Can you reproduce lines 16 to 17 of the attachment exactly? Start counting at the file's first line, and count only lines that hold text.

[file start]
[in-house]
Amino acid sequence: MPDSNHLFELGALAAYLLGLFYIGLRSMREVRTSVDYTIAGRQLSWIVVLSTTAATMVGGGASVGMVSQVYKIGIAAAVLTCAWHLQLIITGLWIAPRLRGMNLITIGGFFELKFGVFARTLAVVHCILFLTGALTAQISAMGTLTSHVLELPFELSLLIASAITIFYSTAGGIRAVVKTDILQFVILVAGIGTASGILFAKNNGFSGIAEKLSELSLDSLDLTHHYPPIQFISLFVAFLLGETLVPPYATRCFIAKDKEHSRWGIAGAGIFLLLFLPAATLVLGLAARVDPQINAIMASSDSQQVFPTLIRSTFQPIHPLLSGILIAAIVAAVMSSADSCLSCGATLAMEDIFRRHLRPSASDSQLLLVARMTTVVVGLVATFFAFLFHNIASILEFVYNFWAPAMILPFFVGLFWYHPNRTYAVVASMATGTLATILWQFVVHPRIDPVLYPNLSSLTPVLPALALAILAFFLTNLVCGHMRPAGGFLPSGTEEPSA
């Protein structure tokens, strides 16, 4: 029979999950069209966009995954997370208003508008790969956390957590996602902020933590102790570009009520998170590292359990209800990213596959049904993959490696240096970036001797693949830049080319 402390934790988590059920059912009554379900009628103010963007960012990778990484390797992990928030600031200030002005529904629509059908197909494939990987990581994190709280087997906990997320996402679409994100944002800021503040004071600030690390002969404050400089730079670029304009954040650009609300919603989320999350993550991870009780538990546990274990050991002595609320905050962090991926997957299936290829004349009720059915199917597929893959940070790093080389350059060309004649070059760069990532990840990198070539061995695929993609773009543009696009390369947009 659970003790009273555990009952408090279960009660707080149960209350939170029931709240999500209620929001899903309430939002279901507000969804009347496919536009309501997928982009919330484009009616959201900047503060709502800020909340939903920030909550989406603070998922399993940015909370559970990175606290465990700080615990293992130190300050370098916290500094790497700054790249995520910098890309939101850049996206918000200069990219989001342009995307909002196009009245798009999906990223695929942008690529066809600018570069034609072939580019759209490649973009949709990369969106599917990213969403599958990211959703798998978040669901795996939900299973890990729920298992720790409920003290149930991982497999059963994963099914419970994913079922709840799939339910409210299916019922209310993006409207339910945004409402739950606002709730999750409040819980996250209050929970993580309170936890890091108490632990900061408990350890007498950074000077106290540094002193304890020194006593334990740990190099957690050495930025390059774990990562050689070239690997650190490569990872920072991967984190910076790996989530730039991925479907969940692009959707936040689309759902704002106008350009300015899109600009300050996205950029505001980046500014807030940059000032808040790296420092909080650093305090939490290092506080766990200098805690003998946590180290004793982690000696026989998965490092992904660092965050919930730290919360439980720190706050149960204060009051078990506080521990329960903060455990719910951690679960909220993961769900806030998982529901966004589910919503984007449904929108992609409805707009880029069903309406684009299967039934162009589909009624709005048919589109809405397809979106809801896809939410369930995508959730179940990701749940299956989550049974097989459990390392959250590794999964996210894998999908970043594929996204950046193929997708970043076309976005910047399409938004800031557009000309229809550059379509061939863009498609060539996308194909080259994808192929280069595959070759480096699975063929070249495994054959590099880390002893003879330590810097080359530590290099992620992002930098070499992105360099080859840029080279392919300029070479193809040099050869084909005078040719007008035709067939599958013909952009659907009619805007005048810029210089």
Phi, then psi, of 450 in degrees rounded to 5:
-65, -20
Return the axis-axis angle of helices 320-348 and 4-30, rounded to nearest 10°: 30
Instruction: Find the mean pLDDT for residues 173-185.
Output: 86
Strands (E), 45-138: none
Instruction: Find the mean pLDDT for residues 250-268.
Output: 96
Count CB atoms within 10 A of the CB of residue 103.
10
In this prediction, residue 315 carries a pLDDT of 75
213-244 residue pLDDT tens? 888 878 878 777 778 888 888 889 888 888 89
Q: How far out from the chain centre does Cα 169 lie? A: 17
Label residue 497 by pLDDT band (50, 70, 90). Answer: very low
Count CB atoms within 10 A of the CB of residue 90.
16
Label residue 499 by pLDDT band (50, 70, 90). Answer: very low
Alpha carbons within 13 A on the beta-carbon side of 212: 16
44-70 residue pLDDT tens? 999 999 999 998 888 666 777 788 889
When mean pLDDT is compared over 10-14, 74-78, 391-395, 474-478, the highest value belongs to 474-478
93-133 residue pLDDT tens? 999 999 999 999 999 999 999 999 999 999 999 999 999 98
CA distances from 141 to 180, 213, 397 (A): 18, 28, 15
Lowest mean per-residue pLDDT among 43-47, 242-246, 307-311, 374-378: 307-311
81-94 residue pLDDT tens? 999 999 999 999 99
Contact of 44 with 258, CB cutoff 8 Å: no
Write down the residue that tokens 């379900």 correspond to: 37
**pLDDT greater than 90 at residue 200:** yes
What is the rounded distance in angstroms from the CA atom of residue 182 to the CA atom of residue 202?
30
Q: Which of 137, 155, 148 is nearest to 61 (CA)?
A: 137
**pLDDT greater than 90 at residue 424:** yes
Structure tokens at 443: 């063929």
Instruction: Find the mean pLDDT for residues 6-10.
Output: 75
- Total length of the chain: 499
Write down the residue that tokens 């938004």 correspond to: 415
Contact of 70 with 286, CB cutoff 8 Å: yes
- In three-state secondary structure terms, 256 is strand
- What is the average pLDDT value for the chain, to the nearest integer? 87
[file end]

Q: How far out from the chain centre does Cα 169 lie? A: 17
Label residue 497 by pLDDT band (50, 70, 90). Answer: very low